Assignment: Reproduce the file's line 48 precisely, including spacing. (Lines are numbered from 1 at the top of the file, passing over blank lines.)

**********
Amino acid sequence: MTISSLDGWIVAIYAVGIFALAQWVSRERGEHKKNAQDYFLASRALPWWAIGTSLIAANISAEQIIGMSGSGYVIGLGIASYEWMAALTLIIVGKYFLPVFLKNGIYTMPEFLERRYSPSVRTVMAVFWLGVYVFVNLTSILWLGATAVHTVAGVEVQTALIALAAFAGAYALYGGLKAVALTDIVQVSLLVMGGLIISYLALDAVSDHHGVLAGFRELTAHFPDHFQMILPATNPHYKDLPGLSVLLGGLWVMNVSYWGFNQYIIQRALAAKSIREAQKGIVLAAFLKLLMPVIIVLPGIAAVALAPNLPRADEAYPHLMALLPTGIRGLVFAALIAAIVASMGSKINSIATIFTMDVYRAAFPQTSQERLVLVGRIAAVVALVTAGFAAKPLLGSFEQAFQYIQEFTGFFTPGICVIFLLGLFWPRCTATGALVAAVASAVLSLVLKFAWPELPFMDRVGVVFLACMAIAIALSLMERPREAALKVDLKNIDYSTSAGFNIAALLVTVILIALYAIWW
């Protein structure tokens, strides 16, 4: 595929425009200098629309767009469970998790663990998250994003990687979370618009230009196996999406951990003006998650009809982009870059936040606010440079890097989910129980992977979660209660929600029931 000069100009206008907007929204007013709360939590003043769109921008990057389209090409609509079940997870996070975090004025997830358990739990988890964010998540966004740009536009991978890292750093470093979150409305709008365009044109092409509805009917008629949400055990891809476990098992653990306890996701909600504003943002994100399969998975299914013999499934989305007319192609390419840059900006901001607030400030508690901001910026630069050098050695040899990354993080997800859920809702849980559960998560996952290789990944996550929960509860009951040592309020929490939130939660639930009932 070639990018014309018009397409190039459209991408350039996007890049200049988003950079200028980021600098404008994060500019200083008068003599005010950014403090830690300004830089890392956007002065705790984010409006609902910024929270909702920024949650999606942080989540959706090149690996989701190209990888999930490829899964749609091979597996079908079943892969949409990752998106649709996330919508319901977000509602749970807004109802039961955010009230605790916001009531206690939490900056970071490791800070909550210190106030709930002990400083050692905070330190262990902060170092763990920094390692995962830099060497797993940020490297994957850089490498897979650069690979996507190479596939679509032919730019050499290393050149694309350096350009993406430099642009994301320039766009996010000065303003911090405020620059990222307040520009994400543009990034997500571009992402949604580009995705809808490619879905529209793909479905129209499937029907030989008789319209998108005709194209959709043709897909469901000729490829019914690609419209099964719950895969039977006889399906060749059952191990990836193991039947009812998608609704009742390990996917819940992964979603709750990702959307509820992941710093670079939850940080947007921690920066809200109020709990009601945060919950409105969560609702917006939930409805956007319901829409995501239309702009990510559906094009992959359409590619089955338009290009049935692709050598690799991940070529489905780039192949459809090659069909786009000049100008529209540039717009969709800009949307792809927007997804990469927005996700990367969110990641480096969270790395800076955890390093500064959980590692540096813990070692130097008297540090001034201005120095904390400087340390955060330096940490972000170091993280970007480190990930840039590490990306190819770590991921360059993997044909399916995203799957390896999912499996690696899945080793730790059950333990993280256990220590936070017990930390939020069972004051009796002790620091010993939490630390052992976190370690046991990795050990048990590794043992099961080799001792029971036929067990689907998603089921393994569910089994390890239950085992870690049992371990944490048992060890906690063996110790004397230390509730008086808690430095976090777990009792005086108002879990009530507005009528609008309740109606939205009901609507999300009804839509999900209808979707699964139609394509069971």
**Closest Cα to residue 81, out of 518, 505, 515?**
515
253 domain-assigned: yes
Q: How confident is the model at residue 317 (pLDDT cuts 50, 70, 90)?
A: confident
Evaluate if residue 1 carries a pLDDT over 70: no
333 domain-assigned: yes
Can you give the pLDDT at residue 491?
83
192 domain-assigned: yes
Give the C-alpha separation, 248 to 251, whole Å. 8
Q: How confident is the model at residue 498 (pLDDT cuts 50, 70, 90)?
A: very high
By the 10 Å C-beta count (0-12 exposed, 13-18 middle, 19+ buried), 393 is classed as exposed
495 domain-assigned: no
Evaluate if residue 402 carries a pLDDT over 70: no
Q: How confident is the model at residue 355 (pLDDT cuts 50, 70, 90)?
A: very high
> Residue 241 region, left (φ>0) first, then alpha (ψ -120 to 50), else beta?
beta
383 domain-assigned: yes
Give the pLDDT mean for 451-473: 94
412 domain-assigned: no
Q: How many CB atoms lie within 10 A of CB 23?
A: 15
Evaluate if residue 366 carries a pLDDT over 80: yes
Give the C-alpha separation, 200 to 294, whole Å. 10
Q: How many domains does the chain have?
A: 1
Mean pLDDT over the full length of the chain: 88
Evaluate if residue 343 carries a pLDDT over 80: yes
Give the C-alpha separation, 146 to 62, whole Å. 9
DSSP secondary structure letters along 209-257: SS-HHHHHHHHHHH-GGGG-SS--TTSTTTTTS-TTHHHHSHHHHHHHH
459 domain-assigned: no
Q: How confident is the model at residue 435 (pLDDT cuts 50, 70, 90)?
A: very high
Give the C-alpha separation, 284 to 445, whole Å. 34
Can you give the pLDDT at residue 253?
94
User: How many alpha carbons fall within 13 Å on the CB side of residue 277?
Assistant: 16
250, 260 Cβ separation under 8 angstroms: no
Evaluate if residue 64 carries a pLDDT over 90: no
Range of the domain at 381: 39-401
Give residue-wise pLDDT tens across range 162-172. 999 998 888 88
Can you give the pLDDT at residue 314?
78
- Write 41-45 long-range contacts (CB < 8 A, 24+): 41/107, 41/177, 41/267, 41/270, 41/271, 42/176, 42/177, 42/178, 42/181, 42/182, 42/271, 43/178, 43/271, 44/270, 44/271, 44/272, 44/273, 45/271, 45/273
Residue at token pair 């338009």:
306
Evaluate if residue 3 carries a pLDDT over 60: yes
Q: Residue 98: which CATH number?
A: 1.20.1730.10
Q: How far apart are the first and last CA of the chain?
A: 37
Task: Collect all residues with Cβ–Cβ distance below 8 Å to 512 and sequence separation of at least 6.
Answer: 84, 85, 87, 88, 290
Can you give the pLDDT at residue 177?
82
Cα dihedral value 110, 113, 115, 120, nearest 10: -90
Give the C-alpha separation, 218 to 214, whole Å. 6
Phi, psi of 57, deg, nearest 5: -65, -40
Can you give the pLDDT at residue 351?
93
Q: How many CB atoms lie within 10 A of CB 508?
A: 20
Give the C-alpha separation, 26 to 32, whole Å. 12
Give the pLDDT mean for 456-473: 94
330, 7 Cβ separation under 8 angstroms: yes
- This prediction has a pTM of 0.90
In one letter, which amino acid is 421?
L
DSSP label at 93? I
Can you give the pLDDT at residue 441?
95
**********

Can you give the pLDDT at residue 314?